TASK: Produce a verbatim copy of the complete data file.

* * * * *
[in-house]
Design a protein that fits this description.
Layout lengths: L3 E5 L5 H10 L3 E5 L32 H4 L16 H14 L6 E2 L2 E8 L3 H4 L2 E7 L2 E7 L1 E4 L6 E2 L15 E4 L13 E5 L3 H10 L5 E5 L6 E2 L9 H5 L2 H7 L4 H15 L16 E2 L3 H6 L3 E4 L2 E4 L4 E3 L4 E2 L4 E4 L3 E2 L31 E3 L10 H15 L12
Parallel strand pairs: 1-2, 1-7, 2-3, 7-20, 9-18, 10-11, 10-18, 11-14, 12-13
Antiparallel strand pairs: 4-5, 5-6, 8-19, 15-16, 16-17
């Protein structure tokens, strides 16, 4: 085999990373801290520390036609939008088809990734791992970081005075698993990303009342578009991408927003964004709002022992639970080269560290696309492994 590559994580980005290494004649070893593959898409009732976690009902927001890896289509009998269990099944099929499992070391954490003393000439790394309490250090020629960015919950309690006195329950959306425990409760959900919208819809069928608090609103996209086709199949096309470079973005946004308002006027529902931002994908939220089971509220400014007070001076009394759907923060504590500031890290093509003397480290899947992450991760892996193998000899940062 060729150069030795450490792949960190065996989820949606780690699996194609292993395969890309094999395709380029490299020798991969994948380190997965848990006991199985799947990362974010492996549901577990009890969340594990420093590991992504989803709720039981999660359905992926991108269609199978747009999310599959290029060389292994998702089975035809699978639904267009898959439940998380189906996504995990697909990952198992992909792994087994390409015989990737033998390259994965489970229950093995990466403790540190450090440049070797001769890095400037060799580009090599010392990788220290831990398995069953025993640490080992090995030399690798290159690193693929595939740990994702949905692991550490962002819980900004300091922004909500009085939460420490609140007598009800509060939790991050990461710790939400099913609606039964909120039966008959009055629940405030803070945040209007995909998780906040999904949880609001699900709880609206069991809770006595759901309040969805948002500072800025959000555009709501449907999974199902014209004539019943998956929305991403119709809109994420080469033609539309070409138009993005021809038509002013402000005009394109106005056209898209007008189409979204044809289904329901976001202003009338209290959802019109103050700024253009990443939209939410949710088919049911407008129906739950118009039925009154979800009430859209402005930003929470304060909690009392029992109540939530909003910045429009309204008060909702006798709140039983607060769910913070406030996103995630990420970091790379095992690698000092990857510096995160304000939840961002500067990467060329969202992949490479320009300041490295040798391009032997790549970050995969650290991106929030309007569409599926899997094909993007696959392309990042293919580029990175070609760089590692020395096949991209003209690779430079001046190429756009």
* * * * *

[in-house]
Design a protein that fits this description.
Layout lengths: L3 E5 L5 H10 L3 E5 L32 H4 L16 H14 L6 E2 L2 E8 L3 H4 L2 E7 L2 E7 L1 E4 L6 E2 L15 E4 L13 E5 L3 H10 L5 E5 L6 E2 L9 H5 L2 H7 L4 H15 L16 E2 L3 H6 L3 E4 L2 E4 L4 E3 L4 E2 L4 E4 L3 E2 L31 E3 L10 H15 L12
Parallel strand pairs: 1-2, 1-7, 2-3, 7-20, 9-18, 10-11, 10-18, 11-14, 12-13
Antiparallel strand pairs: 4-5, 5-6, 8-19, 15-16, 16-17
């Protein structure tokens, strides 16, 4: 085999990373801290520390036609939008088809990734791992970081005075698993990303009342578009991408927003964004709002022992639970080269560290696309492994 590559994580980005290494004649070893593959898409009732976690009902927001890896289509009998269990099944099929499992070391954490003393000439790394309490250090020629960015919950309690006195329950959306425990409760959900919208819809069928608090609103996209086709199949096309470079973005946004308002006027529902931002994908939220089971509220400014007070001076009394759907923060504590500031890290093509003397480290899947992450991760892996193998000899940062 060729150069030795450490792949960190065996989820949606780690699996194609292993395969890309094999395709380029490299020798991969994948380190997965848990006991199985799947990362974010492996549901577990009890969340594990420093590991992504989803709720039981999660359905992926991108269609199978747009999310599959290029060389292994998702089975035809699978639904267009898959439940998380189906996504995990697909990952198992992909792994087994390409015989990737033998390259994965489970229950093995990466403790540190450090440049070797001769890095400037060799580009090599010392990788220290831990398995069953025993640490080992090995030399690798290159690193693929595939740990994702949905692991550490962002819980900004300091922004909500009085939460420490609140007598009800509060939790991050990461710790939400099913609606039964909120039966008959009055629940405030803070945040209007995909998780906040999904949880609001699900709880609206069991809770006595759901309040969805948002500072800025959000555009709501449907999974199902014209004539019943998956929305991403119709809109994420080469033609539309070409138009993005021809038509002013402000005009394109106005056209898209007008189409979204044809289904329901976001202003009338209290959802019109103050700024253009990443939209939410949710088919049911407008129906739950118009039925009154979800009430859209402005930003929470304060909690009392029992109540939530909003910045429009309204008060909702006798709140039983607060769910913070406030996103995630990420970091790379095992690698000092990857510096995160304000939840961002500067990467060329969202992949490479320009300041490295040798391009032997790549970050995969650290991106929030309007569409599926899997094909993007696959392309990042293919580029990175070609760089590692020395096949991209003209690779430079001046190429756009």